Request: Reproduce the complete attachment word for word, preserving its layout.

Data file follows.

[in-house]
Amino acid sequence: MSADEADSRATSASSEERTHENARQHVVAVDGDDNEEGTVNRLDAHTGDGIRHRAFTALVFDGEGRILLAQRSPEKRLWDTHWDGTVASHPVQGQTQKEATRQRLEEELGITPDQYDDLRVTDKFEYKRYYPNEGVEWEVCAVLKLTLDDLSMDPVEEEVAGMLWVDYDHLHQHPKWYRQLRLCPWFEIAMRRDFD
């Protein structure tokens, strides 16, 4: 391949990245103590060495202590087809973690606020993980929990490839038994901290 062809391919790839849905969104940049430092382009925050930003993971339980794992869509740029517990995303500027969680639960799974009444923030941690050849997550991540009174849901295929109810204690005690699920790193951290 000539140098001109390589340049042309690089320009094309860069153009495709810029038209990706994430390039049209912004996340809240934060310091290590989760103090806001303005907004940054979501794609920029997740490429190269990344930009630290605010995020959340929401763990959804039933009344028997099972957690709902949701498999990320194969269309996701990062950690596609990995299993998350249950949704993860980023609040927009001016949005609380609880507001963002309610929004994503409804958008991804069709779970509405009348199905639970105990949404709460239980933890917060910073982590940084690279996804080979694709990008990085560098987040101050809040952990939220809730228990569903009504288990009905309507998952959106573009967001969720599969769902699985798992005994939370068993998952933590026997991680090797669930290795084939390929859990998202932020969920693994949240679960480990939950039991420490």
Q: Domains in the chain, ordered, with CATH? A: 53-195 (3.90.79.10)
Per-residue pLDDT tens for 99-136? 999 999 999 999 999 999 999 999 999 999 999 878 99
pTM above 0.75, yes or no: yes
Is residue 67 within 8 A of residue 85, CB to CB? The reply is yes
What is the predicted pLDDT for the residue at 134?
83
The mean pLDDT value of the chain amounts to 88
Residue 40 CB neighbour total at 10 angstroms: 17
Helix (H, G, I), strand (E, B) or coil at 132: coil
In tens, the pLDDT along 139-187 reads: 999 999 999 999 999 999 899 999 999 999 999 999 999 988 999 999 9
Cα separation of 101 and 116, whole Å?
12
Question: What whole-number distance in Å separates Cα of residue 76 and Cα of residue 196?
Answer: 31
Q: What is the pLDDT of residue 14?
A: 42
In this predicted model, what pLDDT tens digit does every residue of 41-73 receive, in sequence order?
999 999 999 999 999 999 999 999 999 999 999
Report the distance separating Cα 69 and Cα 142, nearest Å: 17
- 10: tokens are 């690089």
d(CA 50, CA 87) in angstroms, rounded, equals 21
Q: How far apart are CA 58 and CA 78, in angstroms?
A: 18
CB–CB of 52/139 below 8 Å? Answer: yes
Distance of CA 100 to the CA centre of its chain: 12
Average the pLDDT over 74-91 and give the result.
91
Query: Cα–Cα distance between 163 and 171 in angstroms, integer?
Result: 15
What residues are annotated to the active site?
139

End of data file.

[in-house]
Amino acid sequence: MSADEADSRATSASSEERTHENARQHVVAVDGDDNEEGTVNRLDAHTGDGIRHRAFTALVFDGEGRILLAQRSPEKRLWDTHWDGTVASHPVQGQTQKEATRQRLEEELGITPDQYDDLRVTDKFEYKRYYPNEGVEWEVCAVLKLTLDDLSMDPVEEEVAGMLWVDYDHLHQHPKWYRQLRLCPWFEIAMRRDFD
């Protein structure tokens, strides 16, 4: 391949990245103590060495202590087809973690606020993980929990490839038994901290 062809391919790839849905969104940049430092382009925050930003993971339980794992869509740029517990995303500027969680639960799974009444923030941690050849997550991540009174849901295929109810204690005690699920790193951290 000539140098001109390589340049042309690089320009094309860069153009495709810029038209990706994430390039049209912004996340809240934060310091290590989760103090806001303005907004940054979501794609920029997740490429190269990344930009630290605010995020959340929401763990959804039933009344028997099972957690709902949701498999990320194969269309996701990062950690596609990995299993998350249950949704993860980023609040927009001016949005609380609880507001963002309610929004994503409804958008991804069709779970509405009348199905639970105990949404709460239980933890917060910073982590940084690279996804080979694709990008990085560098987040101050809040952990939220809730228990569903009504288990009905309507998952959106573009967001969720599969769902699985798992005994939370068993998952933590026997991680090797669930290795084939390929859990998202932020969920693994949240679960480990939950039991420490």
Q: Domains in the chain, ordered, with CATH? A: 53-195 (3.90.79.10)
Per-residue pLDDT tens for 99-136? 999 999 999 999 999 999 999 999 999 999 999 878 99
pTM above 0.75, yes or no: yes
Is residue 67 within 8 A of residue 85, CB to CB? The reply is yes
What is the predicted pLDDT for the residue at 134?
83
The mean pLDDT value of the chain amounts to 88
Residue 40 CB neighbour total at 10 angstroms: 17
Helix (H, G, I), strand (E, B) or coil at 132: coil
In tens, the pLDDT along 139-187 reads: 999 999 999 999 999 999 899 999 999 999 999 999 999 988 999 999 9
Cα separation of 101 and 116, whole Å?
12
Question: What whole-number distance in Å separates Cα of residue 76 and Cα of residue 196?
Answer: 31
Q: What is the pLDDT of residue 14?
A: 42
In this predicted model, what pLDDT tens digit does every residue of 41-73 receive, in sequence order?
999 999 999 999 999 999 999 999 999 999 999
Report the distance separating Cα 69 and Cα 142, nearest Å: 17
- 10: tokens are 């690089």
d(CA 50, CA 87) in angstroms, rounded, equals 21
Q: How far apart are CA 58 and CA 78, in angstroms?
A: 18
CB–CB of 52/139 below 8 Å? Answer: yes
Distance of CA 100 to the CA centre of its chain: 12
Average the pLDDT over 74-91 and give the result.
91
Query: Cα–Cα distance between 163 and 171 in angstroms, integer?
Result: 15
What residues are annotated to the active site?
139